February 2, 2007

Panel discusses utility of nuclear energy in global warming fight

Over 50 students, teachers, and community members gathered in Stuart 104 on Tuesday for a panel discussion on “The Future of Nuclear Energy.” Moderated by chemistry Professor Stephen Berry, the discussion featured three participants in the nuclear-energy debate, all from different backgrounds and of different opinions.

Kennette Benedict, the executive director of the Bulletin of the Atomic Scientists, began the talk by calling the climate change projected over the next 30 years “catastrophic.” Citing a report that projects a four-fold increase in world energy needs by 2030, Benedict said that a corresponding increasing in carbon-dioxide emissions would lead to “the end of civilization.”

Stephan Goldberg, a nuclear engineer who works at Argonne National Laboratories, called nuclear power an essential component to solving global warming. Goldberg said new plants are economically feasible and would help reduce carbon-dioxide emissions.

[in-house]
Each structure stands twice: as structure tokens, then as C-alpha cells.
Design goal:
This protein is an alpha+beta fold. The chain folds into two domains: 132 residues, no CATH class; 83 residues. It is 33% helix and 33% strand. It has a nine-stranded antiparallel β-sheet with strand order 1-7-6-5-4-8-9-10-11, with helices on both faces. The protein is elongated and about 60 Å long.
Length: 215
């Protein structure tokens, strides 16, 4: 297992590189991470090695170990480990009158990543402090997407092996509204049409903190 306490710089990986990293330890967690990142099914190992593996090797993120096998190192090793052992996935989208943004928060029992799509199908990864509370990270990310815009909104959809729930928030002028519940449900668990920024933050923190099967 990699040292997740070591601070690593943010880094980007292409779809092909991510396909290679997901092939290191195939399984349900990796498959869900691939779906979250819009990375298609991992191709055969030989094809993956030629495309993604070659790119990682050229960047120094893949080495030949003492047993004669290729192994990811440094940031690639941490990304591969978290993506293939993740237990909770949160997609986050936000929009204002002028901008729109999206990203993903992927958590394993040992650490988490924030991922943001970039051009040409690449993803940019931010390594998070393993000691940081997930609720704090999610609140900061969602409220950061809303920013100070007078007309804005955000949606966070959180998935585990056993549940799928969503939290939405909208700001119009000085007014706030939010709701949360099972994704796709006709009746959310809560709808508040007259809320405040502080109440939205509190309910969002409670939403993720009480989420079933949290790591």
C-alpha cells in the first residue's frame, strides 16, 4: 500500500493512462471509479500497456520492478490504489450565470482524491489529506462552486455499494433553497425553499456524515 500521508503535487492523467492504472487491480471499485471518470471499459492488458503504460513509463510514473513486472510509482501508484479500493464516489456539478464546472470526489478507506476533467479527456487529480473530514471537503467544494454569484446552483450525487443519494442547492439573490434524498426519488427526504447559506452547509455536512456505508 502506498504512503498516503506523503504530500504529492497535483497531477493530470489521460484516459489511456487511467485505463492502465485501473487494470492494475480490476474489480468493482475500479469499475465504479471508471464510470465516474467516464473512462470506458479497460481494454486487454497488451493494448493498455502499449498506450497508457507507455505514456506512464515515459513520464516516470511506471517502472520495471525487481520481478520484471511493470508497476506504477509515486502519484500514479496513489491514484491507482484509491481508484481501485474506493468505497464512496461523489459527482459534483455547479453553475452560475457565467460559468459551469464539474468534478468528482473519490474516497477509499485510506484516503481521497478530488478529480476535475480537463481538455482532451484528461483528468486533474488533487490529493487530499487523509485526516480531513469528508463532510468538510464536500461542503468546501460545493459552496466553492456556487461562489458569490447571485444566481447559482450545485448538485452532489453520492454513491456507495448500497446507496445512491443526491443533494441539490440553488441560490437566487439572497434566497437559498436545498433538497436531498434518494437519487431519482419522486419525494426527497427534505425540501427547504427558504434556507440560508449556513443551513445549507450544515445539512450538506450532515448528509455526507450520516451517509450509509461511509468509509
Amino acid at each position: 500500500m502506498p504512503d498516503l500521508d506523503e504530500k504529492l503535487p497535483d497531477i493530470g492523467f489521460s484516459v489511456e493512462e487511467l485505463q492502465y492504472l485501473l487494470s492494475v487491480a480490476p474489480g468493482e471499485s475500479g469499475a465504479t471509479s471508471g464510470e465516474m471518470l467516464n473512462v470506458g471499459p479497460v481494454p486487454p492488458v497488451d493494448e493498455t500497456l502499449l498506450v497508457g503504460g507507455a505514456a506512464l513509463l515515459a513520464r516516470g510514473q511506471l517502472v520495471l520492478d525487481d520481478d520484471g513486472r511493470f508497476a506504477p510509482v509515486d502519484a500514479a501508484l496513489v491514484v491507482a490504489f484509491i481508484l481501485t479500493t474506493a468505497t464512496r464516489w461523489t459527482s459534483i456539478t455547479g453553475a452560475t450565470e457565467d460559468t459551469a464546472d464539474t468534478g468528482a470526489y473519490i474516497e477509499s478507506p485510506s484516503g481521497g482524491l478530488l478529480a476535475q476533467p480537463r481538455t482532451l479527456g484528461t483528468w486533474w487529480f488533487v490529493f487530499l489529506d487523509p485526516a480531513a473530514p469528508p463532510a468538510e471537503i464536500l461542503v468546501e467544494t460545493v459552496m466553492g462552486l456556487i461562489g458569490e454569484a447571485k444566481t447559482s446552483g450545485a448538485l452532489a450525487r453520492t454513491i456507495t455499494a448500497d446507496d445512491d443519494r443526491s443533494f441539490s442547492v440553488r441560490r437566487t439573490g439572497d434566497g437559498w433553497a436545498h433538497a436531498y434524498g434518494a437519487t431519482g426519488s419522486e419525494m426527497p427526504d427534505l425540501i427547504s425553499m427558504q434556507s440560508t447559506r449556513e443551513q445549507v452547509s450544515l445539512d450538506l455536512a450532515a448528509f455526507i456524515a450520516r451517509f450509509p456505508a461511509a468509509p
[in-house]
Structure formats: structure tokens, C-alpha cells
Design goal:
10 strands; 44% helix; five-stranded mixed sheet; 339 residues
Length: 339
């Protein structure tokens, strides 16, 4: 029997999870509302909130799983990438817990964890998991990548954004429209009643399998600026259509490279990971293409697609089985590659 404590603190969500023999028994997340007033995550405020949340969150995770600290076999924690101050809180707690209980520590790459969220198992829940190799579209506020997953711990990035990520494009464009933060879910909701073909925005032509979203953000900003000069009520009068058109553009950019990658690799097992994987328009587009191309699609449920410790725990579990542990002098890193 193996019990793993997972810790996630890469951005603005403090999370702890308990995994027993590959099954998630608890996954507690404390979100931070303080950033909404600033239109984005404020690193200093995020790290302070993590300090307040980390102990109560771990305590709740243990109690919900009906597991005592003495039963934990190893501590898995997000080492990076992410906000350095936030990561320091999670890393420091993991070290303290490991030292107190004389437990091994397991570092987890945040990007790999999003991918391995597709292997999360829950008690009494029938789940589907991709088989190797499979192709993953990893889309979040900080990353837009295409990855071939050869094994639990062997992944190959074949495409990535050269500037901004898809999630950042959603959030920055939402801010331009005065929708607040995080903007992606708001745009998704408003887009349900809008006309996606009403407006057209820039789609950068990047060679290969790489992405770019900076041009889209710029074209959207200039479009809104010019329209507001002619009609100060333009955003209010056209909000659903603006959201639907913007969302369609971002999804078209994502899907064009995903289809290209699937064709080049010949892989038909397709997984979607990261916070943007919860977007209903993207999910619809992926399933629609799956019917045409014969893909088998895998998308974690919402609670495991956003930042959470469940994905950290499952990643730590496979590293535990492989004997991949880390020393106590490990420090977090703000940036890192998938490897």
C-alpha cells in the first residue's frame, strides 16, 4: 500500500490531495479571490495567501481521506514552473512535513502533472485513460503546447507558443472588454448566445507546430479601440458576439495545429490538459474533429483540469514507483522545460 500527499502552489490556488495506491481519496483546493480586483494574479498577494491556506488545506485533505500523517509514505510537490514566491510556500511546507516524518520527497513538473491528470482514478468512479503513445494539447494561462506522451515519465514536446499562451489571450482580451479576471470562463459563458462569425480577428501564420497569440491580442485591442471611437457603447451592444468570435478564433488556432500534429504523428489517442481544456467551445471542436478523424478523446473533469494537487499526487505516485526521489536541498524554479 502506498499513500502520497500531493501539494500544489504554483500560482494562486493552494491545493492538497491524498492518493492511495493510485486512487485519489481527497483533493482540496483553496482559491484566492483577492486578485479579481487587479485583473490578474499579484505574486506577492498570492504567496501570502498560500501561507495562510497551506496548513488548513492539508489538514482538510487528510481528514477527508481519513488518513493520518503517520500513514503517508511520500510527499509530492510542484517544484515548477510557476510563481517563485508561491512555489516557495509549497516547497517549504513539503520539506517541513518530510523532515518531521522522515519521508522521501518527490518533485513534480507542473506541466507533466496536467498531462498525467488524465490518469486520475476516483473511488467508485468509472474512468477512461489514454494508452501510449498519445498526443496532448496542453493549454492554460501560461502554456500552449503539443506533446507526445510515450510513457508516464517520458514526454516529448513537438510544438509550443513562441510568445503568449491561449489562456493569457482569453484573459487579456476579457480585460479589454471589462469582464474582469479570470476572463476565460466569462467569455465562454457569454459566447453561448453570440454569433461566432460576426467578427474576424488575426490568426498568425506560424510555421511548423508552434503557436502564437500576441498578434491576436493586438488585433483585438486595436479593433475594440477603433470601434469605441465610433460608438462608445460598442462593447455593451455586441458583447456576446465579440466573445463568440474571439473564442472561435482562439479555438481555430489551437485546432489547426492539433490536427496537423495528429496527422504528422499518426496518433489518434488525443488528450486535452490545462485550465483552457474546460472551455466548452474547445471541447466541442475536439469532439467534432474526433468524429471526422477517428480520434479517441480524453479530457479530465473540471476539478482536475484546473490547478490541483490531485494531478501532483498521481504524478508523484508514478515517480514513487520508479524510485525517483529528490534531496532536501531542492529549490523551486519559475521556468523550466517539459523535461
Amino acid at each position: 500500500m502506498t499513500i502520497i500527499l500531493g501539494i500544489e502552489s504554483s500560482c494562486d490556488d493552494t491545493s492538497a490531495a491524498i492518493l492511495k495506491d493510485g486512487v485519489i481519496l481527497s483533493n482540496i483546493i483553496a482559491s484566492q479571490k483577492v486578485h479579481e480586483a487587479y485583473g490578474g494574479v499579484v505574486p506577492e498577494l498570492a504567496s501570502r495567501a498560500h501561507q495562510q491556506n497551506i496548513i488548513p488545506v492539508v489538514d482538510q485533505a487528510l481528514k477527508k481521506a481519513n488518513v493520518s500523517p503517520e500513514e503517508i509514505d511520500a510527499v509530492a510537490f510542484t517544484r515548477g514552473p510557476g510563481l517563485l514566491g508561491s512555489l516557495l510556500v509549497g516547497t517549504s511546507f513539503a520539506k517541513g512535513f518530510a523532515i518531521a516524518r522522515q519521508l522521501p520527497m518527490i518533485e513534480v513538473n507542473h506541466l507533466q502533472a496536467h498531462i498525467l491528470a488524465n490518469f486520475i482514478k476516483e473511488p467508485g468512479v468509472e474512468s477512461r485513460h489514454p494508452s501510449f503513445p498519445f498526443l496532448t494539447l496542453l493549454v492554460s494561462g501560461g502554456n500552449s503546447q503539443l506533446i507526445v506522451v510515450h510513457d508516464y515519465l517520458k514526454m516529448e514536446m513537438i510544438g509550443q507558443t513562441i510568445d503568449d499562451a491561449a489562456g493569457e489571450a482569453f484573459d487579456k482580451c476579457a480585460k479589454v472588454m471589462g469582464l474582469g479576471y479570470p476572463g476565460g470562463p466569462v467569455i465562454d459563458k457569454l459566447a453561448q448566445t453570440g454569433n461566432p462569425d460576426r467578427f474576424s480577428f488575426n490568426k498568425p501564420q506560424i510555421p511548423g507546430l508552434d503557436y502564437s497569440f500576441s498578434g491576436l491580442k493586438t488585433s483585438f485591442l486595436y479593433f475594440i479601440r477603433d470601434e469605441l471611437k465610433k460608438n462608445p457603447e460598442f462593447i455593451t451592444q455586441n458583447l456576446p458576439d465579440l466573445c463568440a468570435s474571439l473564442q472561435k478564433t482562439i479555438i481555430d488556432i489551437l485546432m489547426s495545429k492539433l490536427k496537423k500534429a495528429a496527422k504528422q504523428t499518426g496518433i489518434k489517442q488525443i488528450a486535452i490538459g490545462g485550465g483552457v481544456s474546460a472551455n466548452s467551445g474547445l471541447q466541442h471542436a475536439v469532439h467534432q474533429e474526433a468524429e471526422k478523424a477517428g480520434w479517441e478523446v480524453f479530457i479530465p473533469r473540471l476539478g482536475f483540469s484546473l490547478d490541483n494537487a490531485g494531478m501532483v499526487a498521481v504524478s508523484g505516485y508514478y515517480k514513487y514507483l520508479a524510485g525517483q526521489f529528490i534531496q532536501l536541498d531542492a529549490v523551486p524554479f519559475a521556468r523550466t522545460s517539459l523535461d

Dave Kraft, who runs the Nuclear Energy Information Service, an organization committed to stopping the use of all nuclear energy, spoke out strongly against the energy source. A supporter of energy conservation, Kraft pointed to time, cost, and scale as major problems with nuclear energy. “We can’t techno-fix our way out of the crisis,” he said.

Goldberg and Benedict, however, named scientific education and research as key elements of stopping global climate change. “This is an intellectual puzzle with incredibly high stakes, and we need our best and brightest working on it,” Benedict said.

Goldberg stressed the need to keep every option open, including nuclear energy. “There are no easy fixes, and no free lunches,” he said, adding that conservation is an essential part of the solution but that nuclear energy is just as important.